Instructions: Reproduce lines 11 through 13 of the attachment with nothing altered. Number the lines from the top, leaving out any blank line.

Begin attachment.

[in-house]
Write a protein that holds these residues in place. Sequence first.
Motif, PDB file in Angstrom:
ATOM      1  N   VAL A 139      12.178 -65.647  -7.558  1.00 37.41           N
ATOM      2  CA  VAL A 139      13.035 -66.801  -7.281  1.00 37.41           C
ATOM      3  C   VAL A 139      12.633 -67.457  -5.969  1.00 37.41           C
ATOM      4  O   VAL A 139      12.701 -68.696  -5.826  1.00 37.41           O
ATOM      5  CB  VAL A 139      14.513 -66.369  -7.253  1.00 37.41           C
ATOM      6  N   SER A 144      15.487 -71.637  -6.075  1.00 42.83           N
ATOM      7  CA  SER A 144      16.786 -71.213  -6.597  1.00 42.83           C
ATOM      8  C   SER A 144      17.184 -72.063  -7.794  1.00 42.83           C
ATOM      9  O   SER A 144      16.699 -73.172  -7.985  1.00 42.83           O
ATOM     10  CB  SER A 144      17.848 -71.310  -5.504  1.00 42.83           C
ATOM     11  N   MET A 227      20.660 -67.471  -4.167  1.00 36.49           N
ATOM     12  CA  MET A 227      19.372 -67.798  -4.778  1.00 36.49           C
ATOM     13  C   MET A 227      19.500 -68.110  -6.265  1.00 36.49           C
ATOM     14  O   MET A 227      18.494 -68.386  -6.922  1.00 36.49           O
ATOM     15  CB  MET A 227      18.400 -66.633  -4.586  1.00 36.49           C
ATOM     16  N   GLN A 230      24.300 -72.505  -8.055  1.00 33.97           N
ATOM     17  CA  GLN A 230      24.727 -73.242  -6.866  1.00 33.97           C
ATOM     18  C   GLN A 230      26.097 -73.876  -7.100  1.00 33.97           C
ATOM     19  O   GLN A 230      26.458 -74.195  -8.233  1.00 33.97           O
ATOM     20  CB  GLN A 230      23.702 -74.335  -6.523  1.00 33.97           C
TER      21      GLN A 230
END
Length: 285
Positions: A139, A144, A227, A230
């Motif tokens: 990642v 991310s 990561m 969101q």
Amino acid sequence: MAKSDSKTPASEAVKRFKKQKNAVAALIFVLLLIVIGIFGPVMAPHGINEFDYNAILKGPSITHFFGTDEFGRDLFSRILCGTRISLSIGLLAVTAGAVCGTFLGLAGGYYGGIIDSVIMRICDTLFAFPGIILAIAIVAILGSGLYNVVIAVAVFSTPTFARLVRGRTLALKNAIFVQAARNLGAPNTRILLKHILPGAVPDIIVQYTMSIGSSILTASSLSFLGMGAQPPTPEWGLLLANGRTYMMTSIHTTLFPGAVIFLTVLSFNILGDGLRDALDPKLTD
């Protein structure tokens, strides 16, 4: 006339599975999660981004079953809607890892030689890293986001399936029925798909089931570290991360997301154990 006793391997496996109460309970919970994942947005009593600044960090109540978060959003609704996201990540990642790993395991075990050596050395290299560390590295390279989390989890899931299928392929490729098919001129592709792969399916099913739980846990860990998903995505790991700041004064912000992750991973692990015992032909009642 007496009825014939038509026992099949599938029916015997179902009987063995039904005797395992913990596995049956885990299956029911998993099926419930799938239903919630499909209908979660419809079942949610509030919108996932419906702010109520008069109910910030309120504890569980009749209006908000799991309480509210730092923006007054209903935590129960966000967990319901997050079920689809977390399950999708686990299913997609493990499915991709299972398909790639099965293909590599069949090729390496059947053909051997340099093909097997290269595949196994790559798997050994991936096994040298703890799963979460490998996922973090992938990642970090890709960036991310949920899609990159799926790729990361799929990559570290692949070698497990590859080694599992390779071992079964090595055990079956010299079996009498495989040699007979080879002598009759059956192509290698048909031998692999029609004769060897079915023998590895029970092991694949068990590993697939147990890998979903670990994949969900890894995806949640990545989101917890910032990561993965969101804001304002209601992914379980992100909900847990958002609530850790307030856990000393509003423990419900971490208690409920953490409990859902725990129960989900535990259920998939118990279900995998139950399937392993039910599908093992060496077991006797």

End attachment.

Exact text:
ATOM      8  C   SER A 144      17.184 -72.063  -7.794  1.00 42.83           C
ATOM      9  O   SER A 144      16.699 -73.172  -7.985  1.00 42.83           O
ATOM     10  CB  SER A 144      17.848 -71.310  -5.504  1.00 42.83           C